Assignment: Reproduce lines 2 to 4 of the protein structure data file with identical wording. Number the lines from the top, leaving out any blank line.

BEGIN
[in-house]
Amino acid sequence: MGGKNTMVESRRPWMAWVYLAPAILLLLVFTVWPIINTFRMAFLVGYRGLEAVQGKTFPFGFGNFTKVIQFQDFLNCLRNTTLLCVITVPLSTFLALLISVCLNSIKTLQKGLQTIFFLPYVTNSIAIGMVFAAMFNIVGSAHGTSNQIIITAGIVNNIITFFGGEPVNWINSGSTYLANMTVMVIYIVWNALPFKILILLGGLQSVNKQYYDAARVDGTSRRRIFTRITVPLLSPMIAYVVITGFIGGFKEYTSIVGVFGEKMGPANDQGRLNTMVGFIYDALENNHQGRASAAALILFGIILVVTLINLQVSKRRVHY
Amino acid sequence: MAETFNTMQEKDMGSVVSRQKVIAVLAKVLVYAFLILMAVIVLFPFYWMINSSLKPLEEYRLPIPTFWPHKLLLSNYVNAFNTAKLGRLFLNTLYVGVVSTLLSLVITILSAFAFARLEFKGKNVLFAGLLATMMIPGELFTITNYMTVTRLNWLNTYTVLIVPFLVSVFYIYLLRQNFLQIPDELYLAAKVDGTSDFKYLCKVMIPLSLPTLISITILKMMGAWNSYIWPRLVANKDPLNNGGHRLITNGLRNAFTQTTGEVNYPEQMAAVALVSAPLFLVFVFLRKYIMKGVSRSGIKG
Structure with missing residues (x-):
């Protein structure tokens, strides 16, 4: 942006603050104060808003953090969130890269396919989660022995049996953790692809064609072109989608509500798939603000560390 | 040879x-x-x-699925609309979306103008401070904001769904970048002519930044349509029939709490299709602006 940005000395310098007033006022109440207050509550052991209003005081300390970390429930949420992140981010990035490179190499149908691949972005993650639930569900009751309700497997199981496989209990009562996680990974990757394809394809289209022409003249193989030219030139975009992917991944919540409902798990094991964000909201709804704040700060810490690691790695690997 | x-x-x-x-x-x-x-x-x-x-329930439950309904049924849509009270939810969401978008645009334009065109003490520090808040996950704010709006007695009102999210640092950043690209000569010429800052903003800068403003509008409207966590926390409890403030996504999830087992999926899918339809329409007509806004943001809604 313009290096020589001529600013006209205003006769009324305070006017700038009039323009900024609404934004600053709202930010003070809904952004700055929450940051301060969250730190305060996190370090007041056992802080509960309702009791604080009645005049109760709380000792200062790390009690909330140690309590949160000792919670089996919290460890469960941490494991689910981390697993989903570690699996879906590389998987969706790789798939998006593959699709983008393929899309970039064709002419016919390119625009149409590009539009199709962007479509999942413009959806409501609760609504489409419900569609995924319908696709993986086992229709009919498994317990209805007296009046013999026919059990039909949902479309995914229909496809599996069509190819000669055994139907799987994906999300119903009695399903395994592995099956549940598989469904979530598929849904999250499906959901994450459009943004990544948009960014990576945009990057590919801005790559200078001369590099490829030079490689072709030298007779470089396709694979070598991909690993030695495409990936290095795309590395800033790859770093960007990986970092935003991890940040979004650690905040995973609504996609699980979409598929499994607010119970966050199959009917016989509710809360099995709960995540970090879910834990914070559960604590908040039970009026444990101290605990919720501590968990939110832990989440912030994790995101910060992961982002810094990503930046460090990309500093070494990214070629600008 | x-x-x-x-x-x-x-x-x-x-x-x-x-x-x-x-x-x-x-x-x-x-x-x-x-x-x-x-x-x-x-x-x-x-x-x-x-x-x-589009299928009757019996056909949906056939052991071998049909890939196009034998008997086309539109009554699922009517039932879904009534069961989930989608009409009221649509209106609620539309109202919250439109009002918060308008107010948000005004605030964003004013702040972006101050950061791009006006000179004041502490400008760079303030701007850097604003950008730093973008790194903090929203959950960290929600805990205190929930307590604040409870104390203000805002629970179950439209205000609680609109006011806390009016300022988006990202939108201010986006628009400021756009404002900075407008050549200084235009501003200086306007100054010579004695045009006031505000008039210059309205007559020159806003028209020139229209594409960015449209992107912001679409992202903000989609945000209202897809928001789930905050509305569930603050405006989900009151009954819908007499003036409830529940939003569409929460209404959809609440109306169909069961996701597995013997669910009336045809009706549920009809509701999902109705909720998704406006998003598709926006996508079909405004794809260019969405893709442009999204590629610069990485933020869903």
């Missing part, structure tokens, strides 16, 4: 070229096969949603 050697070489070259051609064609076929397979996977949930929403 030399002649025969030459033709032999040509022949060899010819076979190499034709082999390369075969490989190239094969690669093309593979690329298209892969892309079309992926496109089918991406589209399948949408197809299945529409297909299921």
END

Amino acid sequence: MGGKNTMVESRRPWMAWVYLAPAILLLLVFTVWPIINTFRMAFLVGYRGLEAVQGKTFPFGFGNFTKVIQFQDFLNCLRNTTLLCVITVPLSTFLALLISVCLNSIKTLQKGLQTIFFLPYVTNSIAIGMVFAAMFNIVGSAHGTSNQIIITAGIVNNIITFFGGEPVNWINSGSTYLANMTVMVIYIVWNALPFKILILLGGLQSVNKQYYDAARVDGTSRRRIFTRITVPLLSPMIAYVVITGFIGGFKEYTSIVGVFGEKMGPANDQGRLNTMVGFIYDALENNHQGRASAAALILFGIILVVTLINLQVSKRRVHY
Amino acid sequence: MAETFNTMQEKDMGSVVSRQKVIAVLAKVLVYAFLILMAVIVLFPFYWMINSSLKPLEEYRLPIPTFWPHKLLLSNYVNAFNTAKLGRLFLNTLYVGVVSTLLSLVITILSAFAFARLEFKGKNVLFAGLLATMMIPGELFTITNYMTVTRLNWLNTYTVLIVPFLVSVFYIYLLRQNFLQIPDELYLAAKVDGTSDFKYLCKVMIPLSLPTLISITILKMMGAWNSYIWPRLVANKDPLNNGGHRLITNGLRNAFTQTTGEVNYPEQMAAVALVSAPLFLVFVFLRKYIMKGVSRSGIKG
Structure with missing residues (x-):